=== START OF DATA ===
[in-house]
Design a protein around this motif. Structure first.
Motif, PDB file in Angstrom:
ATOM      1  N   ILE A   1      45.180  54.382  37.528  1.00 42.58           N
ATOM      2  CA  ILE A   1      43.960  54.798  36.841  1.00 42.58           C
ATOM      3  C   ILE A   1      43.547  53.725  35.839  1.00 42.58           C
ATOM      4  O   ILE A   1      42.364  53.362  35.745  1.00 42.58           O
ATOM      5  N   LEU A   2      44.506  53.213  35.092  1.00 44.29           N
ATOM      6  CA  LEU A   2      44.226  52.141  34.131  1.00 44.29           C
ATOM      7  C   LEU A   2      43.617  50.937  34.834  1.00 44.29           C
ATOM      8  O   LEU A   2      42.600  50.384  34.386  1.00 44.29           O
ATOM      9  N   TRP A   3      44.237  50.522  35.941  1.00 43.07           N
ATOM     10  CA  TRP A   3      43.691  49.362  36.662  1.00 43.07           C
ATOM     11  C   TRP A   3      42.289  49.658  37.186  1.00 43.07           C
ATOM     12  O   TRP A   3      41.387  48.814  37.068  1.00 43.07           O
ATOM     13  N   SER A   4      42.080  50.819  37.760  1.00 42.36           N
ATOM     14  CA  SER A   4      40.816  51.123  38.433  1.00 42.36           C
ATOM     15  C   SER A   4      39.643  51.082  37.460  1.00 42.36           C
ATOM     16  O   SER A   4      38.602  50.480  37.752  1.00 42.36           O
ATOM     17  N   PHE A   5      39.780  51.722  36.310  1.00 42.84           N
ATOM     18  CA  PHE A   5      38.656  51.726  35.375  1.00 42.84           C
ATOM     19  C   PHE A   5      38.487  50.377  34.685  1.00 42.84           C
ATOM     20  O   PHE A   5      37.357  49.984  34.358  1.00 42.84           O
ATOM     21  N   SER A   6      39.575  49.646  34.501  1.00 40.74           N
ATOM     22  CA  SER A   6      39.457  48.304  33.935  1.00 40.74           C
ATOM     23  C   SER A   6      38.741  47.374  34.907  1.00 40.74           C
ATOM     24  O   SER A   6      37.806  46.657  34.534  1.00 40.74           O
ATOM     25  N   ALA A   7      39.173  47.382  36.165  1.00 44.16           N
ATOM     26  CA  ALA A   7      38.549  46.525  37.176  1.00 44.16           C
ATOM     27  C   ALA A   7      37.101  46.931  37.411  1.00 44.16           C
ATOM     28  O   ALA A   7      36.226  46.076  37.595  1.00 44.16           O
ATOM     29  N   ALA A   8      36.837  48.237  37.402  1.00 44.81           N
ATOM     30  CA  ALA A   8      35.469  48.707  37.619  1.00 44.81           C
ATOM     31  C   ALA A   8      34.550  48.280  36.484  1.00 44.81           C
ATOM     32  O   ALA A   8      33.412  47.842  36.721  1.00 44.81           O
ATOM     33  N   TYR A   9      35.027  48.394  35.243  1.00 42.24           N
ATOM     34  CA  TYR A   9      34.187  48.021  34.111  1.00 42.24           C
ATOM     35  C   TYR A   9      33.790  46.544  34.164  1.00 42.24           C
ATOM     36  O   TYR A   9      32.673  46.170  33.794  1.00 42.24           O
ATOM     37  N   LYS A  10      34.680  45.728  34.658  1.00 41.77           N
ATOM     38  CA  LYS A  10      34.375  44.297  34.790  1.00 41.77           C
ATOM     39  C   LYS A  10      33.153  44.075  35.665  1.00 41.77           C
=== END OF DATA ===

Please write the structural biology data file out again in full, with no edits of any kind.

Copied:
[in-house]
Design a protein around this motif. Structure first.
Motif, PDB file in Angstrom:
ATOM      1  N   ILE A   1      45.180  54.382  37.528  1.00 42.58           N
ATOM      2  CA  ILE A   1      43.960  54.798  36.841  1.00 42.58           C
ATOM      3  C   ILE A   1      43.547  53.725  35.839  1.00 42.58           C
ATOM      4  O   ILE A   1      42.364  53.362  35.745  1.00 42.58           O
ATOM      5  N   LEU A   2      44.506  53.213  35.092  1.00 44.29           N
ATOM      6  CA  LEU A   2      44.226  52.141  34.131  1.00 44.29           C
ATOM      7  C   LEU A   2      43.617  50.937  34.834  1.00 44.29           C
ATOM      8  O   LEU A   2      42.600  50.384  34.386  1.00 44.29           O
ATOM      9  N   TRP A   3      44.237  50.522  35.941  1.00 43.07           N
ATOM     10  CA  TRP A   3      43.691  49.362  36.662  1.00 43.07           C
ATOM     11  C   TRP A   3      42.289  49.658  37.186  1.00 43.07           C
ATOM     12  O   TRP A   3      41.387  48.814  37.068  1.00 43.07           O
ATOM     13  N   SER A   4      42.080  50.819  37.760  1.00 42.36           N
ATOM     14  CA  SER A   4      40.816  51.123  38.433  1.00 42.36           C
ATOM     15  C   SER A   4      39.643  51.082  37.460  1.00 42.36           C
ATOM     16  O   SER A   4      38.602  50.480  37.752  1.00 42.36           O
ATOM     17  N   PHE A   5      39.780  51.722  36.310  1.00 42.84           N
ATOM     18  CA  PHE A   5      38.656  51.726  35.375  1.00 42.84           C
ATOM     19  C   PHE A   5      38.487  50.377  34.685  1.00 42.84           C
ATOM     20  O   PHE A   5      37.357  49.984  34.358  1.00 42.84           O
ATOM     21  N   SER A   6      39.575  49.646  34.501  1.00 40.74           N
ATOM     22  CA  SER A   6      39.457  48.304  33.935  1.00 40.74           C
ATOM     23  C   SER A   6      38.741  47.374  34.907  1.00 40.74           C
ATOM     24  O   SER A   6      37.806  46.657  34.534  1.00 40.74           O
ATOM     25  N   ALA A   7      39.173  47.382  36.165  1.00 44.16           N
ATOM     26  CA  ALA A   7      38.549  46.525  37.176  1.00 44.16           C
ATOM     27  C   ALA A   7      37.101  46.931  37.411  1.00 44.16           C
ATOM     28  O   ALA A   7      36.226  46.076  37.595  1.00 44.16           O
ATOM     29  N   ALA A   8      36.837  48.237  37.402  1.00 44.81           N
ATOM     30  CA  ALA A   8      35.469  48.707  37.619  1.00 44.81           C
ATOM     31  C   ALA A   8      34.550  48.280  36.484  1.00 44.81           C
ATOM     32  O   ALA A   8      33.412  47.842  36.721  1.00 44.81           O
ATOM     33  N   TYR A   9      35.027  48.394  35.243  1.00 42.24           N
ATOM     34  CA  TYR A   9      34.187  48.021  34.111  1.00 42.24           C
ATOM     35  C   TYR A   9      33.790  46.544  34.164  1.00 42.24           C
ATOM     36  O   TYR A   9      32.673  46.170  33.794  1.00 42.24           O
ATOM     37  N   LYS A  10      34.680  45.728  34.658  1.00 41.77           N
ATOM     38  CA  LYS A  10      34.375  44.297  34.790  1.00 41.77           C
ATOM     39  C   LYS A  10      33.153  44.075  35.665  1.00 41.77           C